If a levee system comprises one or more levee segments (if there are different levee sponsors for different parts of the levee) then the overall levee system rating is the lowest of the segment ratings.  This rating for operations and maintenance is based on the levee inspection checklist, which includes 125 specific items dealing with operation and maintenance of levee embankments, floodwalls, interior drainage, pump stations, and channels. The overall segment and system ratings are used to determine if the levee is eligible for federal rehabilitation assistance through the Rehabilitation and Inspection Program (P.L. 84-99).

Levees remain eligible if they are operated and maintained to certain standards by their non-federal sponsors. The Corps now offers sponsors a process through the system-wide improvement  framework (SWIF) to remain temporarily eligible for assistance, while they correct unacceptable deficiencies in their projects over time to transition them to meet Corps standards.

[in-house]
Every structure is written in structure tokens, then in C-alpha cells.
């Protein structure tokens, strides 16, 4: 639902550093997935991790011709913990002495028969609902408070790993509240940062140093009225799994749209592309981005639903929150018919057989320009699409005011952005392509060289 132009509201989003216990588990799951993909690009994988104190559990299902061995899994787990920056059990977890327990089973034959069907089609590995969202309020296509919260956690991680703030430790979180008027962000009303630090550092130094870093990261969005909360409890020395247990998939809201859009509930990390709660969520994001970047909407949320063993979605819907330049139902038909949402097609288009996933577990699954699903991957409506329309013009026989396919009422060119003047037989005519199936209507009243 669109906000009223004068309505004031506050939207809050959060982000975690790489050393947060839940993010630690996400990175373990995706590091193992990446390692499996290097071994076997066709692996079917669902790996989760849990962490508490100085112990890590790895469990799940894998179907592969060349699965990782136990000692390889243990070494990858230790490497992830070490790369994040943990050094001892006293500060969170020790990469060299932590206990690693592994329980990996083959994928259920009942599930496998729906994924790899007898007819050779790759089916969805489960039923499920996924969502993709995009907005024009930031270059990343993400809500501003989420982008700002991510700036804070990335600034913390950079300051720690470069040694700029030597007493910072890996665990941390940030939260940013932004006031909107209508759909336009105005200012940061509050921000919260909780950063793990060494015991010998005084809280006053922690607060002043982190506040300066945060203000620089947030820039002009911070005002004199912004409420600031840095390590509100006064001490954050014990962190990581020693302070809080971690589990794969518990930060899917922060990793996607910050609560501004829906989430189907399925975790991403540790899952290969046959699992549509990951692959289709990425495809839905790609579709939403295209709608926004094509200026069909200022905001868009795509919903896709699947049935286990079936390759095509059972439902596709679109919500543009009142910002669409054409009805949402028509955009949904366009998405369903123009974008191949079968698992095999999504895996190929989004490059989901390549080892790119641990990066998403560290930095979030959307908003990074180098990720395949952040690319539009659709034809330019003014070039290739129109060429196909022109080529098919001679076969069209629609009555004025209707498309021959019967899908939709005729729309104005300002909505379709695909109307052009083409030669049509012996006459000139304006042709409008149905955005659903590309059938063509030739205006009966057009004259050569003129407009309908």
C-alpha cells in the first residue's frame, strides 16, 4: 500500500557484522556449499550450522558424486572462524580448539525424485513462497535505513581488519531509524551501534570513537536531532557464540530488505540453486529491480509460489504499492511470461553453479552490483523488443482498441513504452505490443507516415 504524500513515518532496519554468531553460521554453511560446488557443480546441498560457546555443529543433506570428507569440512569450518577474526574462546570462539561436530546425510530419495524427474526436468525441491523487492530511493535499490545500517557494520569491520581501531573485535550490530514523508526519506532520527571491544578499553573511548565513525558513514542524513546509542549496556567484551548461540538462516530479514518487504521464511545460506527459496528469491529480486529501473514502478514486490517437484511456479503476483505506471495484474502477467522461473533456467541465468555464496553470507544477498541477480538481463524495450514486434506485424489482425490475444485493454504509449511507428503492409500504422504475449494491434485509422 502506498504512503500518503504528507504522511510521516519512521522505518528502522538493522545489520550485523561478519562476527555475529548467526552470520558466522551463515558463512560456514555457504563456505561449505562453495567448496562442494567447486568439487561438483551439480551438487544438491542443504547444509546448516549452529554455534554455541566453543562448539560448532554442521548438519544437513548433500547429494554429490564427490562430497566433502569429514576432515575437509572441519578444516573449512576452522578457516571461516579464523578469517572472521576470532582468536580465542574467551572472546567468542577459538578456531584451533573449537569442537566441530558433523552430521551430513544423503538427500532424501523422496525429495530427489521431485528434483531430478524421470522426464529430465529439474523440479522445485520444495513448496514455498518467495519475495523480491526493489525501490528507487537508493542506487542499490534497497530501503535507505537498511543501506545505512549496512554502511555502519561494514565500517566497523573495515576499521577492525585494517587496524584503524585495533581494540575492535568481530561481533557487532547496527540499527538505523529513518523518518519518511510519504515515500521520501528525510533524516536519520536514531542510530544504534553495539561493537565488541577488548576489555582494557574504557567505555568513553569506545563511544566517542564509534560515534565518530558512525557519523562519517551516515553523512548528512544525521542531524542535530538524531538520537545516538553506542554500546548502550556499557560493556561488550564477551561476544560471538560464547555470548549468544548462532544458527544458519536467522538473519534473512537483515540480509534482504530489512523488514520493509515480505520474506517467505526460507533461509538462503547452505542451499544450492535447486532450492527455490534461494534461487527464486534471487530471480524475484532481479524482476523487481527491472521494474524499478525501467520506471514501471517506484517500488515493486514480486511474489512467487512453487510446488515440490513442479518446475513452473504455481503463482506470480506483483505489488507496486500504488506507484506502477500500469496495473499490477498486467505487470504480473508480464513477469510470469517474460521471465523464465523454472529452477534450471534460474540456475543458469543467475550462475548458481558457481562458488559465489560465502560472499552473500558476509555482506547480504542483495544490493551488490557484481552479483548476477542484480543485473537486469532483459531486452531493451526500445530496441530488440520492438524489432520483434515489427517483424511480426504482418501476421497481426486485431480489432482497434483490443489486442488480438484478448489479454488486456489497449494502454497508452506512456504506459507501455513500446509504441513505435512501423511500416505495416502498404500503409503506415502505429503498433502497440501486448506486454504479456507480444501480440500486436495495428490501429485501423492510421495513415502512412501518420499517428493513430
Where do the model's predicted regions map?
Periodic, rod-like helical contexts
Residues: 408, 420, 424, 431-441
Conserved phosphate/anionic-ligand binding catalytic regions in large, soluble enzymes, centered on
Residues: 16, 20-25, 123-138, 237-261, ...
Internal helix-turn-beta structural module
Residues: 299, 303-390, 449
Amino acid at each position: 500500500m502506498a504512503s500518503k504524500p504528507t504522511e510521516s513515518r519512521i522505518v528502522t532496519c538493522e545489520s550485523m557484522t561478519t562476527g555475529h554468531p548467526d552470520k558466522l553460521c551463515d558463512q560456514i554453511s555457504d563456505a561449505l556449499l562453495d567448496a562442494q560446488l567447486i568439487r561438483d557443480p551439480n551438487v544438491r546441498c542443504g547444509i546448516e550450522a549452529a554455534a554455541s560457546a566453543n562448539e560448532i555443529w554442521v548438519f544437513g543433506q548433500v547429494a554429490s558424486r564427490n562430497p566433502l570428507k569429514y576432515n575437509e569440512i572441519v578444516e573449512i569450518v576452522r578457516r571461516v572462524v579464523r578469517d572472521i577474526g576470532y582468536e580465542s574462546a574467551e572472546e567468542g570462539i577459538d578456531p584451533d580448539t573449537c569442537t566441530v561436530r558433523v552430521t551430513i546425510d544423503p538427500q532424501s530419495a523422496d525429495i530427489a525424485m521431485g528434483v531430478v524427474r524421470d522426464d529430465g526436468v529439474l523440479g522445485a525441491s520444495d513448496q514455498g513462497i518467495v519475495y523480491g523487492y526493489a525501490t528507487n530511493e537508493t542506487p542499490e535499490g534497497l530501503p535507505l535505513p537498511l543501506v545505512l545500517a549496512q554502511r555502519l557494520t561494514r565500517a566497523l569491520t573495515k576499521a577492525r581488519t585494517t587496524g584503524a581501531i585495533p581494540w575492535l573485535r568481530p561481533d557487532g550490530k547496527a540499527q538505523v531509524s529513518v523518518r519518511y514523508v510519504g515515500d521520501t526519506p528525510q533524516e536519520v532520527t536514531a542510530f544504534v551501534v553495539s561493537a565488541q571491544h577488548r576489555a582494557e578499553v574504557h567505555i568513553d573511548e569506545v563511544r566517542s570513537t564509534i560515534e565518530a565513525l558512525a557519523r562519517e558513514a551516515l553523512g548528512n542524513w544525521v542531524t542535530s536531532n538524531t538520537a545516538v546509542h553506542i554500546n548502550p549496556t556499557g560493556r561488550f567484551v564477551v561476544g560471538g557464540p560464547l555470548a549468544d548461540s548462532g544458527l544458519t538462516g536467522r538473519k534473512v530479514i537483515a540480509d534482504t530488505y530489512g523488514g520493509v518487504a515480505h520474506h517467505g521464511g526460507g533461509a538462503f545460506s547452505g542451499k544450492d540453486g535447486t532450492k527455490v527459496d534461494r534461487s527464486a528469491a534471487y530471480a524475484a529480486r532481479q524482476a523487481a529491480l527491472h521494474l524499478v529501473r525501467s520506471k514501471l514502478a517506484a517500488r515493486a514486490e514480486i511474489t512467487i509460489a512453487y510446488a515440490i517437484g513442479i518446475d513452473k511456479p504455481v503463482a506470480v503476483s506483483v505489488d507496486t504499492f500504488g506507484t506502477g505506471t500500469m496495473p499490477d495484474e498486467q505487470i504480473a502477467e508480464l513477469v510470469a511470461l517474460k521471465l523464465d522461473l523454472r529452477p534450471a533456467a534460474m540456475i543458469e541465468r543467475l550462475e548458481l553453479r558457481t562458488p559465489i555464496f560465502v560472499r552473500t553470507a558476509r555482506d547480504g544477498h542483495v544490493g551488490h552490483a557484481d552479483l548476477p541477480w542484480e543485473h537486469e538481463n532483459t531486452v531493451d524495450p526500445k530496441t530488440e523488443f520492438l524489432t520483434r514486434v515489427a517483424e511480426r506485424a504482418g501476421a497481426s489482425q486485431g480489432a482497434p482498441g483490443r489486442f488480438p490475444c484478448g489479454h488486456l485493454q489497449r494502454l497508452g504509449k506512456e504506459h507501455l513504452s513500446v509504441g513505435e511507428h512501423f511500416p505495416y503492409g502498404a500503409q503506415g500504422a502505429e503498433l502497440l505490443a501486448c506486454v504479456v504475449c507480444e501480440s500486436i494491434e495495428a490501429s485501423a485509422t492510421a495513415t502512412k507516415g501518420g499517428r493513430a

There are two main types of inspections:

·         Routine Inspection is a visual inspection to verify and rate levee system operations and maintenance.  It is typically conducted each year for all levees in the Corps Levee Safety Program. 

·         Periodic Inspection is a comprehensive inspection conducted by a multidisciplinary team led by a professional engineer.  USACE typically conducts this inspection every five years on the federally-authorized levees in the Levee Safety Program.  Baltimore District conducted periodic inspections from 2009 to 2013 using district and contractor teams. 

There are also inspections that are conducted after special circumstances like major flooding or an earthquake.

The Corps shares inspection results with the authority responsible for levee operations and maintenance, also known as the levee sponsor.  The Corps also shares the results with FEMA, to help inform decisions about levee accreditation for flood insurance purposes.

More than 10 million people live or work behind Corps  Levee Safety Program levees, and, in 2011, levee systems contributed to more than $120 billion in damages prevented.  However, with these benefits, comes risks.

It is a priority for the Corps to assess how levees are expected to perform and what the potential consequences of non-performance would be. This places levee systems into a risk-informed context that provides a consistent and credible way to prioritize actions that will help manage the risks associated with owning or operating levees. The Corps uses risk assessments to prioritize life safety risks for its own levee safety activities, and also to provide a basis for communicating risk, so levee sponsors and other stakeholders can make more informed decisions.